Try this: Acetaminophen, aspirin, ibuprofen, naproxen, or combination products that contain acetaminophen, aspirin, and caffeine (such as Excedrin extra Strength, Excedrin Migraine, and generic).
Why? Studies have found that those drugs help many people with migraines, especially if they're infrequent. If you think you have migraines—even if the drugs ease your pain—you should see a doctor for an accurate diagnosis.
If you suffer from moderate to severe migraines or average more than two migraines a month, you might do better with prescription drugs called triptans. Our top pick is generic sumatriptan, even though it's still fairly pricey, around $24 a pill. A few important warnings: Because triptans temporarily narrow blood vessels, they can increase the risk of heart attack and stroke and should not be taken by women older than 50 or men older than 40, people with an elevated risk of heart attack or stroke, diabetics, smokers, or those with uncontrolled high blood pressure.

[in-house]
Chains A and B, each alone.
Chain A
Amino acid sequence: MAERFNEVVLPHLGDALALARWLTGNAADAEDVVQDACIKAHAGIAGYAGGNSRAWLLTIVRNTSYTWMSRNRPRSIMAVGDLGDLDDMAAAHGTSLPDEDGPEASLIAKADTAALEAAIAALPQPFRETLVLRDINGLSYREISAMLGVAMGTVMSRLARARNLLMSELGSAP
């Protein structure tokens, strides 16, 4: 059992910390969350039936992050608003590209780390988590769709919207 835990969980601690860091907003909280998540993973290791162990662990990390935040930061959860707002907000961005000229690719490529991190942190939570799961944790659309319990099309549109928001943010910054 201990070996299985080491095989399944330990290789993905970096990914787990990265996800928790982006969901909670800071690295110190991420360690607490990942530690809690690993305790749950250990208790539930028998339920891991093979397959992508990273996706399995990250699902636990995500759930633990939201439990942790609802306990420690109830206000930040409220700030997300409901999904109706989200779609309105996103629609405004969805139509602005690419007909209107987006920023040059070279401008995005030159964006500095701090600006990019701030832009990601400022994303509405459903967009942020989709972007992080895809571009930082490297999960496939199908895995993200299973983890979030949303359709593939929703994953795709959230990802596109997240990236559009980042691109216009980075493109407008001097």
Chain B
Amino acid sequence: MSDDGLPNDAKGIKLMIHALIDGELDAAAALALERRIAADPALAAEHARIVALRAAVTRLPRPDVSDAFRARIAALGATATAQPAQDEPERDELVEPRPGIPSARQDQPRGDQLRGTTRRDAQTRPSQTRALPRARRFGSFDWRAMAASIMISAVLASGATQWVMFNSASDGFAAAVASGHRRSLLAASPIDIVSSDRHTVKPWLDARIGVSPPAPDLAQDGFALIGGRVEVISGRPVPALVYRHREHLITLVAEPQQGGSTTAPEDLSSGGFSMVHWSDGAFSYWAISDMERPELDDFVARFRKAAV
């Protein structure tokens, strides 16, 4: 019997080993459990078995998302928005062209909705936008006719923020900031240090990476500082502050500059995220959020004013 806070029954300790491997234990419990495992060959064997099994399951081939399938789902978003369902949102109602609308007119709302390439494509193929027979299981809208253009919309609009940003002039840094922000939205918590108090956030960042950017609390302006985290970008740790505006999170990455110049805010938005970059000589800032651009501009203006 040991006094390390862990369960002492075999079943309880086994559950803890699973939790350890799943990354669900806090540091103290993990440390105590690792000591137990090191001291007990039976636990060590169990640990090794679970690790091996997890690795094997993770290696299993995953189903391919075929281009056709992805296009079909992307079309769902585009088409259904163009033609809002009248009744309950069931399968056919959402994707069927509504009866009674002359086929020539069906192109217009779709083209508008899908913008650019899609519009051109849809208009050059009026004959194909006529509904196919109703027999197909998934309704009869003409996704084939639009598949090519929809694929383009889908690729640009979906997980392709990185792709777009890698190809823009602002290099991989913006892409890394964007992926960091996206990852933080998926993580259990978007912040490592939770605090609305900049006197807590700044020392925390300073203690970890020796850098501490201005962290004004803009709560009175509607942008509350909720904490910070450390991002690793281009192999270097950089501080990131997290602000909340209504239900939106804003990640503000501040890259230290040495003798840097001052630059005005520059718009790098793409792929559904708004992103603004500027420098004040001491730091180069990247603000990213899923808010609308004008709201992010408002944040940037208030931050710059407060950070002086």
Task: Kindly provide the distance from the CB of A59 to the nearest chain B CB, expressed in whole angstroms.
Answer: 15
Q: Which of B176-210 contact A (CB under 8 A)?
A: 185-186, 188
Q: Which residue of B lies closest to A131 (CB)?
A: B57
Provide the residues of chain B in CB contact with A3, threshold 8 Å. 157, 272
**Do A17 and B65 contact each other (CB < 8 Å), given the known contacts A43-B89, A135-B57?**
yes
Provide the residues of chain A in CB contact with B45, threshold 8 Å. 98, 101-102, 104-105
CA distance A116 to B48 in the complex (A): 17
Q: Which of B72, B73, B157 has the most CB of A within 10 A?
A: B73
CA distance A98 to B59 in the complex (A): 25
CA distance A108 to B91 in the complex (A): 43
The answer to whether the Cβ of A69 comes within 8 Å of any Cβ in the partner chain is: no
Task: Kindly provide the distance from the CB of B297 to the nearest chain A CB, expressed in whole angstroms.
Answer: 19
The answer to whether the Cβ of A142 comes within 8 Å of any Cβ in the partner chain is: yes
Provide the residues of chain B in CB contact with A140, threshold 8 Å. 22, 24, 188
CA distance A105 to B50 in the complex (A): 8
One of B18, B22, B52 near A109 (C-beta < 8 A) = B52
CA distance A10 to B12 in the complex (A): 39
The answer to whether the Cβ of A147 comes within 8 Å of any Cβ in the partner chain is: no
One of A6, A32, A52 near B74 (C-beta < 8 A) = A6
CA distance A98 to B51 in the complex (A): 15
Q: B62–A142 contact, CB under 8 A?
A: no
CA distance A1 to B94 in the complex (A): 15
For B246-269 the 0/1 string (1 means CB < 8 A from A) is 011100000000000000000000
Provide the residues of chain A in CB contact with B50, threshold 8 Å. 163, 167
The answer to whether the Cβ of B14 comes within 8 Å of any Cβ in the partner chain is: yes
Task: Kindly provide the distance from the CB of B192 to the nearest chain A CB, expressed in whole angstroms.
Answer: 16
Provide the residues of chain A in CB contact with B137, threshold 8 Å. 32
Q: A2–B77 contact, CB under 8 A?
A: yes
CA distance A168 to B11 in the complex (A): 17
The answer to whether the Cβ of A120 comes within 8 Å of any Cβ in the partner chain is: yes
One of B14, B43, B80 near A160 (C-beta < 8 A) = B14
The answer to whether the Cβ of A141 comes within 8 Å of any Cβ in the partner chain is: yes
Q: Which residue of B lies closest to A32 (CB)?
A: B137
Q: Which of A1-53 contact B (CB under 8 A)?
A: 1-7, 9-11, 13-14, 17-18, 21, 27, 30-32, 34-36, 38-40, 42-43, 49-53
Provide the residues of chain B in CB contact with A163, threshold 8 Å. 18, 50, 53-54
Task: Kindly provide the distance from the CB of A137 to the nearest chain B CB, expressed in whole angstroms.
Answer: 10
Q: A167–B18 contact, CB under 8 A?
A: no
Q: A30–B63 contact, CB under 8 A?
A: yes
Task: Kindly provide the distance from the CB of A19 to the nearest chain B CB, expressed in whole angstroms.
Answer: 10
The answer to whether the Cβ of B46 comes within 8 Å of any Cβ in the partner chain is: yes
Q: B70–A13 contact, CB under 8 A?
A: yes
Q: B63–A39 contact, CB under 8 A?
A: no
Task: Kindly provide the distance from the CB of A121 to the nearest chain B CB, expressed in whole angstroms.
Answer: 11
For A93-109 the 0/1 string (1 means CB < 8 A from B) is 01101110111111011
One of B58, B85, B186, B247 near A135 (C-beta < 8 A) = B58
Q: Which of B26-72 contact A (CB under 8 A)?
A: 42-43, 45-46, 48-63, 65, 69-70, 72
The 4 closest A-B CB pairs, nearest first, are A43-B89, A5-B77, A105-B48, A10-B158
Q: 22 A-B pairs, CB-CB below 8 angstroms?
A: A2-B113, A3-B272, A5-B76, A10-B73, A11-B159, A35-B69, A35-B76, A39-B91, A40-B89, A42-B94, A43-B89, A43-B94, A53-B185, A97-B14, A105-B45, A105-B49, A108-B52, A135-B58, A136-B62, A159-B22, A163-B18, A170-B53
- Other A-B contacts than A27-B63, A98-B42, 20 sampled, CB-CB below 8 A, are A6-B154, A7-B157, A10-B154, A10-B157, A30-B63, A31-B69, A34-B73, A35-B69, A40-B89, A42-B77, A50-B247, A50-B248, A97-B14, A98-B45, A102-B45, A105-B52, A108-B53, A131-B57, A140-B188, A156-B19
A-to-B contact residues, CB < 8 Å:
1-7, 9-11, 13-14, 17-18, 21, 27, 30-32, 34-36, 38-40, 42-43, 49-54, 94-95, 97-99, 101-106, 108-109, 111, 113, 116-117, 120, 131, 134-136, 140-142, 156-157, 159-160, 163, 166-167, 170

Also, overuse can cause rebound headaches. Skip opioid-based pain relievers such as hydrocodone and oxycodone, which rarely work well on migraines and have their own risks.
Prevention tip. Work with your doctor to identify your triggers. Common ones include some cheeses; food additives such as MSG; alcohol; caffeine in coffee, chocolate, and tea; dehydration; getting too little or too much sleep; certain loud noises, lights, or odors; high altitudes; menstruation; plane rides and jet lag; skipping meals; and stress.